I recently read two good things on US Marxist-Leninist groups in the ’70s and ’80s: Out of Oakland: Black Panther Party Internationalism During the Cold War (2017), and “Lessons From One Left to the Next: Revolution in the Air Revisited”. The first is a book on the Black Panther Party (BPP) and its international organizing efforts, and the second is a book review on the New Communist Movement.
It is extremely interesting to see how the BPP, as it started to fall apart after 1971, started to very rapidly turn toward electoral politics. And this turn didn’t even try to maintain much of a veneer of revolutionary communism. In 1973, the BPP more or less fully pivoted away from revolutionary struggle and focused on electing Bobby Seale as Mayor of Oakland, and Elaine Brown to the Oakland city council. Their leaflets urged voters to “Elect Two Democrats”; they advocated for the economic benefits of having police officers live within city limits; and they proposed a “Multi-Ethnic International Trade and Cultural Center” on the grounds that it would help trade and cultural exchange with developing countries and help grow local businesses and tourism. By the end of the decade, the BPP was basically nothing more than an appendage of the Democratic Party; Elaine Brown attended the 1976 Democratic National Convention as a delegate for Jerry Brown’s presidential campaign. (Malloy 217-9).
What the hell happened? The book doesn’t go into much detail, since its much more about the way BPP’s politics and philosophy on internationalism changed over time, than about the internal dynamics of the party domestically. My own hypothesis, as argued here, is that the BPP was materially dependent on social bases outside of its lumpen-proletarian core membership, namely elite white liberals and black businessmen. For a short while, these groups were willing to support the BPP in its radical program. But as the Vietnam War winded down and the US government opened up space for the emergence of a black middle class, these groups became increasingly moderate, and the BPP was forced to follow this moderating trend.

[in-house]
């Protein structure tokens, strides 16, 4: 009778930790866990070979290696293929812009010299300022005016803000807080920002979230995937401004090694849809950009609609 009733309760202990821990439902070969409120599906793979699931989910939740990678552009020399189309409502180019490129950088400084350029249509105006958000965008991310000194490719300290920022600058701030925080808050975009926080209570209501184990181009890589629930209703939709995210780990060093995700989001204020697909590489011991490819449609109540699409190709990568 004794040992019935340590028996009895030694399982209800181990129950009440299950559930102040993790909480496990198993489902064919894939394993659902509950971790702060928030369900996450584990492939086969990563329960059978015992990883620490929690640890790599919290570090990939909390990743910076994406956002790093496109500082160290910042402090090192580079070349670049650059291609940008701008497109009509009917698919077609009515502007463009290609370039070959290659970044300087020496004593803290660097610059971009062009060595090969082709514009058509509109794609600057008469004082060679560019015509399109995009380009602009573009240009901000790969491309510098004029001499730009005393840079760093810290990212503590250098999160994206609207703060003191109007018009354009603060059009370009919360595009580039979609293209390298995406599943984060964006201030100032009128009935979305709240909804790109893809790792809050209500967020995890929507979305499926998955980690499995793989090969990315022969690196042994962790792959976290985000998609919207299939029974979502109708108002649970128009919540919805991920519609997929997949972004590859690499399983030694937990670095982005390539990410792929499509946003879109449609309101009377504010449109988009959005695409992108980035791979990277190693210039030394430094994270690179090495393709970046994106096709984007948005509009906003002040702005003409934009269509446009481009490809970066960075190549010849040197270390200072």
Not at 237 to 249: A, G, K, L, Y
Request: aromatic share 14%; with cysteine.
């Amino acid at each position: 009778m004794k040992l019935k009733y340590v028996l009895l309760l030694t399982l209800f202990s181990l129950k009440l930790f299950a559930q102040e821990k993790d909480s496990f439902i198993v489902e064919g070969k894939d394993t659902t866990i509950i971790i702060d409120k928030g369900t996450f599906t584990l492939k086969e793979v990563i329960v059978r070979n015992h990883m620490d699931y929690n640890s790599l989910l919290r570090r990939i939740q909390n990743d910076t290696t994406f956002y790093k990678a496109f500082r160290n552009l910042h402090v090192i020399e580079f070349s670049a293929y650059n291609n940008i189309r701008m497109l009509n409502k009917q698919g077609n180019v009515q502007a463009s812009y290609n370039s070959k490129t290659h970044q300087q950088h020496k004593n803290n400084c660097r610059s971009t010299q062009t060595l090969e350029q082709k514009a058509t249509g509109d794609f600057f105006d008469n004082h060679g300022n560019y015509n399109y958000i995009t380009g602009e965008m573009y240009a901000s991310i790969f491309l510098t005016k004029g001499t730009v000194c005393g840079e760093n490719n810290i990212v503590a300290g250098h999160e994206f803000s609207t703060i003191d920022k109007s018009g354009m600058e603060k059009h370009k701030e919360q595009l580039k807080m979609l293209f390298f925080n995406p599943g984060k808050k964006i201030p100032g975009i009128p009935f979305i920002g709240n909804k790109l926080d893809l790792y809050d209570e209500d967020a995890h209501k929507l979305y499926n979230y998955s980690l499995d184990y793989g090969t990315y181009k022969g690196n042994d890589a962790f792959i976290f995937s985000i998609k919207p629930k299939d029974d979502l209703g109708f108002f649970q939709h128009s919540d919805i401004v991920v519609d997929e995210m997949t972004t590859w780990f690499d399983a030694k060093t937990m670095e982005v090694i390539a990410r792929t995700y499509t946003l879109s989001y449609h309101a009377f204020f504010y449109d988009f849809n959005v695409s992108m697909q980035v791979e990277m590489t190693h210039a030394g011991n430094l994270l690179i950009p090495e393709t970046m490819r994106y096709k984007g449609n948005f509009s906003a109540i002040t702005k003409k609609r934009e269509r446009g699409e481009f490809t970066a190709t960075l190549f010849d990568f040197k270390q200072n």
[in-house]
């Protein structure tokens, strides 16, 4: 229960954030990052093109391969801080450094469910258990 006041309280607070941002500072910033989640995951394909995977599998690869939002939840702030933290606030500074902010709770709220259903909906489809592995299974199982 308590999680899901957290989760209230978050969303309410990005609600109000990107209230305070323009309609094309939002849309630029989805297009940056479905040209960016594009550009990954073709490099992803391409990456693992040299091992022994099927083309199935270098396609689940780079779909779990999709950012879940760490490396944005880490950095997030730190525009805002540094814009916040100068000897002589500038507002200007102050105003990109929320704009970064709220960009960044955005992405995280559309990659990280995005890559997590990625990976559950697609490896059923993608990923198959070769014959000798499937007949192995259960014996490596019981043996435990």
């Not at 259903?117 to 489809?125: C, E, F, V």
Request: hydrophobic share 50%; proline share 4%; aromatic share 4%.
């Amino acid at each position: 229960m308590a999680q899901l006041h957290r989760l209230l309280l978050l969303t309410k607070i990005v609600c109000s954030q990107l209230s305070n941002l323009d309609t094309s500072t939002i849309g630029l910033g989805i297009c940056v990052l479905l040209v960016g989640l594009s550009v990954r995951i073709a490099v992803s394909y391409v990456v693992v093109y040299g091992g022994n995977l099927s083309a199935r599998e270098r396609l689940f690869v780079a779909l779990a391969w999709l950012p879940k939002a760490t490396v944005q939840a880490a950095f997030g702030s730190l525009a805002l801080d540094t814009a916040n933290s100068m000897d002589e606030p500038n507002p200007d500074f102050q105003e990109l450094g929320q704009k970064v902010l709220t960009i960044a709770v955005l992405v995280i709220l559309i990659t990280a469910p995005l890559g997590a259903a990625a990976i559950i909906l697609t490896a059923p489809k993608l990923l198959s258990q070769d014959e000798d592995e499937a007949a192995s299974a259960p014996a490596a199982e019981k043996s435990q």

Of course, the BPP wasn’t the only revolutionary group operating during this time period, even if it was the biggest and most visible. The New Communist Movement saw a number of radical left groups organizing explicitly around Marxist-Leninist lines in the ’70s and ’80s, in the aftermath of the New Left movements of the ’60s. Unfortunately this area of organizing seems rather understudied comparatively to the ’60s movements, which is why resources like Paul Saba’s bare-bones website, part of the Marxists Internet Archive, are so useful. The Revolutionary Communist Party (RCP), which is now a creepy cult around its leader Bob Avakian, is one relic from this era. Another large and relatively well-organized group was the Communist Party (Marxist-Leninist), which was founded in 1977 and collapsed in 1982 — perhaps for the better, given that the party opposed gay liberation, supported the Khmer Rogue, and called on the US to arm mujaheddin fighters in Afghanistan after the Soviet invasion in ’79. This report, written by a leading member who resigned in 1980, seems like very interesting and insightful reading on the trials and tribulations of the CP(ML).
Around the same time, another very interesting group formed, the League of Revolutionary Struggle (LRS), which unlike the CP(ML) was largely composed of people of color organizing around national liberation movements. The LRS was a merger of I Wor Kuen (made up of Chinese Americans), and the August 29th Movement (made up of Chicanos). It soon merged with the East Wind Collective (made up of Japanese Americans), Seize the Time (made up of Blacks and Chicanos), and Amiri Baraka’s Revolutionary Communist League.
Sounds super cool, right? Except, skimming through the documents, the most active campaigns that the LRS seems to have engaged in was…campaigning for Jesse Jackson in the Democratic Party primaries in 1984 and 1988.
What is it with Marxism-Leninism and milquetoast electoralism???
But snark aside, the post-’68 movements are extremely interesting, not to mention important, given that they were attempting to organize and (supposedly) trying to stir up revolutionary struggle at precisely the time when capitalism was restructuring into its modern neoliberal form. Taking a closer look at the activities and internal debates of the New Communist Movement groups could tell us a lot about how to deal with such a terrain of struggle, give us a better understanding of US radical organizing that is more recent than the ’60s, and of course give us valuable lessons for today at a time when the debate within the radical left around democratic socialism, revolutionary struggle, and the Democratic Party is heating up.